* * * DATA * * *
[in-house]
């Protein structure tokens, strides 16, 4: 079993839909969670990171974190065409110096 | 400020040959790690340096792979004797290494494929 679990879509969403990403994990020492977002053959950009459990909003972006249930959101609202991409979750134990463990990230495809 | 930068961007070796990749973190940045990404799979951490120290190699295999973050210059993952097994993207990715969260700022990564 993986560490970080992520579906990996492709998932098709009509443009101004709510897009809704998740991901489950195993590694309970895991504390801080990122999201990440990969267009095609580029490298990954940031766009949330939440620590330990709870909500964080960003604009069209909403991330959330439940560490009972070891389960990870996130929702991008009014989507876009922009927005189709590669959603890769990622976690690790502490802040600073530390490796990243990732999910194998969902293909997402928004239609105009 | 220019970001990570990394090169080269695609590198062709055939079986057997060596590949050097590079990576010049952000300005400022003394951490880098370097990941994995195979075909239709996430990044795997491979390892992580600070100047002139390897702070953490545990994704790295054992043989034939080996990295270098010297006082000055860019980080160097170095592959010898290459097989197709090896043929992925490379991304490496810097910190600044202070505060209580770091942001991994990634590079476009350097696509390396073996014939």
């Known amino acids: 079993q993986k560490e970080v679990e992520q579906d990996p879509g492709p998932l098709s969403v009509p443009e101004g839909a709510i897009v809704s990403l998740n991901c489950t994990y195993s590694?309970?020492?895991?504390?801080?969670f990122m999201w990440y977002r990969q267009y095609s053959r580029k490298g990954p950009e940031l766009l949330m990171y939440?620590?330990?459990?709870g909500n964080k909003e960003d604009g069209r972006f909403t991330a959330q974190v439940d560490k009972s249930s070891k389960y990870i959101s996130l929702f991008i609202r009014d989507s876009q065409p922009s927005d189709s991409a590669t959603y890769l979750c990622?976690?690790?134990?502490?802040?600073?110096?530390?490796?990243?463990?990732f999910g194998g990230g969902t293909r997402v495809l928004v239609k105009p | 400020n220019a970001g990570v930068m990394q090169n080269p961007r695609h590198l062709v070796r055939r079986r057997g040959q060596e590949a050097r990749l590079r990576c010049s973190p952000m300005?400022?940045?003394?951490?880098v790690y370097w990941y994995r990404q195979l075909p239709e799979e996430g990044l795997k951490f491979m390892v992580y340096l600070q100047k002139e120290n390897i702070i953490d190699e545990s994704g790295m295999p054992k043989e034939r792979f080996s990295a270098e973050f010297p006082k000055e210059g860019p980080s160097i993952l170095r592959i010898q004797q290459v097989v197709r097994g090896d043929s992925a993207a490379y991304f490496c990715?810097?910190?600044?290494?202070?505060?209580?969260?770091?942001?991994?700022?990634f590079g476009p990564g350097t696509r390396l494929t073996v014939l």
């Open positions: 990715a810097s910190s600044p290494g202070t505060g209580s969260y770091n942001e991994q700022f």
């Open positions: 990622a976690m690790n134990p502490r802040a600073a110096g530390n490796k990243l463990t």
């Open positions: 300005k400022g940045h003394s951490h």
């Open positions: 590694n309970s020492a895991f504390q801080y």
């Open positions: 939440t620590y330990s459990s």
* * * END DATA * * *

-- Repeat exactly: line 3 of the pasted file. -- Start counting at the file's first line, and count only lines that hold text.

């Known amino acids: 079993q993986k560490e970080v679990e992520q579906d990996p879509g492709p998932l098709s969403v009509p443009e101004g839909a709510i897009v809704s990403l998740n991901c489950t994990y195993s590694?309970?020492?895991?504390?801080?969670f990122m999201w990440y977002r990969q267009y095609s053959r580029k490298g990954p950009e940031l766009l949330m990171y939440?620590?330990?459990?709870g909500n964080k909003e960003d604009g069209r972006f909403t991330a959330q974190v439940d560490k009972s249930s070891k389960y990870i959101s996130l929702f991008i609202r009014d989507s876009q065409p922009s927005d189709s991409a590669t959603y890769l979750c990622?976690?690790?134990?502490?802040?600073?110096?530390?490796?990243?463990?990732f999910g194998g990230g969902t293909r997402v495809l928004v239609k105009p | 400020n220019a970001g990570v930068m990394q090169n080269p961007r695609h590198l062709v070796r055939r079986r057997g040959q060596e590949a050097r990749l590079r990576c010049s973190p952000m300005?400022?940045?003394?951490?880098v790690y370097w990941y994995r990404q195979l075909p239709e799979e996430g990044l795997k951490f491979m390892v992580y340096l600070q100047k002139e120290n390897i702070i953490d190699e545990s994704g790295m295999p054992k043989e034939r792979f080996s990295a270098e973050f010297p006082k000055e210059g860019p980080s160097i993952l170095r592959i010898q004797q290459v097989v197709r097994g090896d043929s992925a993207a490379y991304f490496c990715?810097?910190?600044?290494?202070?505060?209580?969260?770091?942001?991994?700022?990634f590079g476009p990564g350097t696509r390396l494929t073996v014939l």